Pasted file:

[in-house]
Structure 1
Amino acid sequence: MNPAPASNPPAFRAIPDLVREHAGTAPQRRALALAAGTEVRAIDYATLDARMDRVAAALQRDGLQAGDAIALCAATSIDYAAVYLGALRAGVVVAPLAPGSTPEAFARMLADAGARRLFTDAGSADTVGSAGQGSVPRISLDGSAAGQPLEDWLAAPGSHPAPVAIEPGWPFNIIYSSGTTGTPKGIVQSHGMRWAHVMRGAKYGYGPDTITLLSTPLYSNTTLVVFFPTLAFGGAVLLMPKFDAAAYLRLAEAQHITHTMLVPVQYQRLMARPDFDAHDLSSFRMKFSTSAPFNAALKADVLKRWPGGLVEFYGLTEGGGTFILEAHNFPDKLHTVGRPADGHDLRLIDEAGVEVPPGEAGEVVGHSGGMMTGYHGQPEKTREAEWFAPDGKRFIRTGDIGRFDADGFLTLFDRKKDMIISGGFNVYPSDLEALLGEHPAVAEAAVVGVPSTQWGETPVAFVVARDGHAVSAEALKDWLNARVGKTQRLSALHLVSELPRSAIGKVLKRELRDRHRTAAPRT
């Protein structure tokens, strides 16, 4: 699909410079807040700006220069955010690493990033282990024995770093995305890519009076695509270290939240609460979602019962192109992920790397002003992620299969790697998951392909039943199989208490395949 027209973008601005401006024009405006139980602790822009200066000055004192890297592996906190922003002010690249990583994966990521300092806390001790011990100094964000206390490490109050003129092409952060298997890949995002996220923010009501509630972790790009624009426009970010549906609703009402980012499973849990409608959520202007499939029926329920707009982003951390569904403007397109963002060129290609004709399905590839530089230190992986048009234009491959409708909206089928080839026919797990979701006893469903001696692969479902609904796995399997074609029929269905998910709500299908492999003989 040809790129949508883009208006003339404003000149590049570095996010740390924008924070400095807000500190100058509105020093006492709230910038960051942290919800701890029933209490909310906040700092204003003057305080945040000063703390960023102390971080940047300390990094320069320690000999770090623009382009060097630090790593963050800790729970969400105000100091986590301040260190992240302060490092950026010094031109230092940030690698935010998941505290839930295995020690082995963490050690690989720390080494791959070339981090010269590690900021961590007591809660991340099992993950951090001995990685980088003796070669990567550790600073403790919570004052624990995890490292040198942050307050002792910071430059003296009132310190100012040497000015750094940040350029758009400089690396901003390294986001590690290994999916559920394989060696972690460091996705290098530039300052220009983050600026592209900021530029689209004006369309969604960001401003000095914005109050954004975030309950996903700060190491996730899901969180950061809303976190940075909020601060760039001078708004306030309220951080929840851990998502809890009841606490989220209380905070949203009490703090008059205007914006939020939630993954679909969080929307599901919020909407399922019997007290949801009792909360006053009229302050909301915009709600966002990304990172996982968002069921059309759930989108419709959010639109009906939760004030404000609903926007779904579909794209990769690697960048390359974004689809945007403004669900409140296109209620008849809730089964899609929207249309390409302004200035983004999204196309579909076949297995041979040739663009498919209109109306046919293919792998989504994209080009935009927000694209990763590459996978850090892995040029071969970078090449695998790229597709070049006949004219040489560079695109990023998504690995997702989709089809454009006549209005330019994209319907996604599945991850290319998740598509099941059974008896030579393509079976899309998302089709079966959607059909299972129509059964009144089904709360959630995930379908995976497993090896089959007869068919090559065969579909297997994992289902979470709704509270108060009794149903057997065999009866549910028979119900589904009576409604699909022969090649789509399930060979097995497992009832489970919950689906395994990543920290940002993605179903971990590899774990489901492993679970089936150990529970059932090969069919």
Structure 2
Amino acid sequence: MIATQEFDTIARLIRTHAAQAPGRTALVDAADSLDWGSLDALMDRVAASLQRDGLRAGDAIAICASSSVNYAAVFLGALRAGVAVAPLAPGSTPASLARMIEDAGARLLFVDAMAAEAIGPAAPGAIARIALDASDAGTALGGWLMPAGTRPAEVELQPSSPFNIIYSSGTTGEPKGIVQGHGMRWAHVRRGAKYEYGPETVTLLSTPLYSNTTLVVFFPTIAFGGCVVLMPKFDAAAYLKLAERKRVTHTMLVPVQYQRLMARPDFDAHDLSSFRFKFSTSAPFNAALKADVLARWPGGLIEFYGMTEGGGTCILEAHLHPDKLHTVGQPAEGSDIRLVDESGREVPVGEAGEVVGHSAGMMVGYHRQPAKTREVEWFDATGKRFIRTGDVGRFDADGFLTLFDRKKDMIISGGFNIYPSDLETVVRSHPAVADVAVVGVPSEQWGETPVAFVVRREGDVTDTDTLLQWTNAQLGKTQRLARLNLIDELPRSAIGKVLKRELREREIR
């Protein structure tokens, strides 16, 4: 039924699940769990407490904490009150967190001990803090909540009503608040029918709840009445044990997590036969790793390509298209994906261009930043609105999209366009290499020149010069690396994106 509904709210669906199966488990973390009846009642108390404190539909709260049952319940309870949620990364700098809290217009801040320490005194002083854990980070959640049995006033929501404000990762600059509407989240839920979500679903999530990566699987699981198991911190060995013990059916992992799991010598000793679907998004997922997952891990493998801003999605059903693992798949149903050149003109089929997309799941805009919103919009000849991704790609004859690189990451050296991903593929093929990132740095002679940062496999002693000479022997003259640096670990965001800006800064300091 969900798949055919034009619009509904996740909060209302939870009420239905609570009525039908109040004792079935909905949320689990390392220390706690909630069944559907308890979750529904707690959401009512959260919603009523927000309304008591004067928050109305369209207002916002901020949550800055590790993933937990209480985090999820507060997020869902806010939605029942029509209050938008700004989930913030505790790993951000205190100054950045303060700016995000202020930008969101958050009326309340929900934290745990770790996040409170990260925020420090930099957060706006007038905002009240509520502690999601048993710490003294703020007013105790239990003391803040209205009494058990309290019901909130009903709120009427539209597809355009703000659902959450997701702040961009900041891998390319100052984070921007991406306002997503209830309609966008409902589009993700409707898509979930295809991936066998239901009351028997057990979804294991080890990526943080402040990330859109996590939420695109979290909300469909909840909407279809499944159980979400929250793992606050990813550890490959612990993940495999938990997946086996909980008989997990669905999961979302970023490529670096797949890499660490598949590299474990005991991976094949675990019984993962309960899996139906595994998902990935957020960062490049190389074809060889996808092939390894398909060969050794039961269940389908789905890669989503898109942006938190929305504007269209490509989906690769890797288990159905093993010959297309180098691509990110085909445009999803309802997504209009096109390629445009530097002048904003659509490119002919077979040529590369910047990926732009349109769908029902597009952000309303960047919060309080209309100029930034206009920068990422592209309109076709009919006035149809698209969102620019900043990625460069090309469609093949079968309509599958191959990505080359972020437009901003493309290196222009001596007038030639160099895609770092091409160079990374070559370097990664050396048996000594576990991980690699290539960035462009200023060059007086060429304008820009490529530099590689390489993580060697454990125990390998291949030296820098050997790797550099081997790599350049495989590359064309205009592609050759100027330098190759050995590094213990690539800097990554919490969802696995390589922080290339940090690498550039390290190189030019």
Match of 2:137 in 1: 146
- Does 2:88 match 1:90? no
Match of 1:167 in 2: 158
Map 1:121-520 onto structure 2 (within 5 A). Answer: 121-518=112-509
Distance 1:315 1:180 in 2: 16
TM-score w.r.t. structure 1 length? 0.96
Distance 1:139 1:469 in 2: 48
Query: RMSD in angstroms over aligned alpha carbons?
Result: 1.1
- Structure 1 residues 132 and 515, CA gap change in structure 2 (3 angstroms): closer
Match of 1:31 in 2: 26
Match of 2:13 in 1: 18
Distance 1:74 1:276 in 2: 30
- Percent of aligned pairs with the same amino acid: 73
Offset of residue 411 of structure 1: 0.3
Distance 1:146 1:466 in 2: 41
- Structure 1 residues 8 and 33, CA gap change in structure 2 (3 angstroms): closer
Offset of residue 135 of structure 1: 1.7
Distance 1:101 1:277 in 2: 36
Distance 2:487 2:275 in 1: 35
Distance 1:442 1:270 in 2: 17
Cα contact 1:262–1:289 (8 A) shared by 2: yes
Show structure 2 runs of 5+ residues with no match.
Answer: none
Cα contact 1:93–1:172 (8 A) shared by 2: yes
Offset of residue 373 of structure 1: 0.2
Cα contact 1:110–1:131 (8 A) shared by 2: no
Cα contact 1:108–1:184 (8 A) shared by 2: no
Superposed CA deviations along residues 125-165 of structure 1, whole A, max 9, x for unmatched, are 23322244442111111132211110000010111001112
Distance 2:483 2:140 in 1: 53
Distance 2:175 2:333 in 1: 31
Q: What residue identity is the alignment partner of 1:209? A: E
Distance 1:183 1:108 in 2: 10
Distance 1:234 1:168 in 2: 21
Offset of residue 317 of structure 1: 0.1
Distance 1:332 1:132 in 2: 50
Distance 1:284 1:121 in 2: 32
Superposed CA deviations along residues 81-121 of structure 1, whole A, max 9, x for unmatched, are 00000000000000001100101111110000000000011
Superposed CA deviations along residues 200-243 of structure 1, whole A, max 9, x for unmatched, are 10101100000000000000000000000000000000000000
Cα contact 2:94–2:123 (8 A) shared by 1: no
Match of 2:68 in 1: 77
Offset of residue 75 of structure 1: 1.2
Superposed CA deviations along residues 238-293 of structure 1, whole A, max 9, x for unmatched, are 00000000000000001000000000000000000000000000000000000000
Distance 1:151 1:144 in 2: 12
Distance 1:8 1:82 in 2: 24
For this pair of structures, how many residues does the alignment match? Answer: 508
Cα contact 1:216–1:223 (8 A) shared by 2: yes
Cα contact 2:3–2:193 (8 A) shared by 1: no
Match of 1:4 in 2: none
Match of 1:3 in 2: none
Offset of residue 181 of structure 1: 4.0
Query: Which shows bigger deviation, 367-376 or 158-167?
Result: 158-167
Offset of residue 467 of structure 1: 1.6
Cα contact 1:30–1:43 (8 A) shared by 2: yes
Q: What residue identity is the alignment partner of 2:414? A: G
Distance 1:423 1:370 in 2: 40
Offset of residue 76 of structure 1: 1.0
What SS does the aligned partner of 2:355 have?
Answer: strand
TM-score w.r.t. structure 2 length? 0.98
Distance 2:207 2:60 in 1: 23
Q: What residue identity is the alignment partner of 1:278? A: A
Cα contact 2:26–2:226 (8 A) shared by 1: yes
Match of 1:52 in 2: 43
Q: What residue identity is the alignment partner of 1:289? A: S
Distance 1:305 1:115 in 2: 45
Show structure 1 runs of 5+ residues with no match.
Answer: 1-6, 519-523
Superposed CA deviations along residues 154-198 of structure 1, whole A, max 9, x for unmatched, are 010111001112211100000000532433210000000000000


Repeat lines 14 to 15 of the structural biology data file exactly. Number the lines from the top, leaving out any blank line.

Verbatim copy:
Distance 1:139 1:469 in 2: 48
Query: RMSD in angstroms over aligned alpha carbons?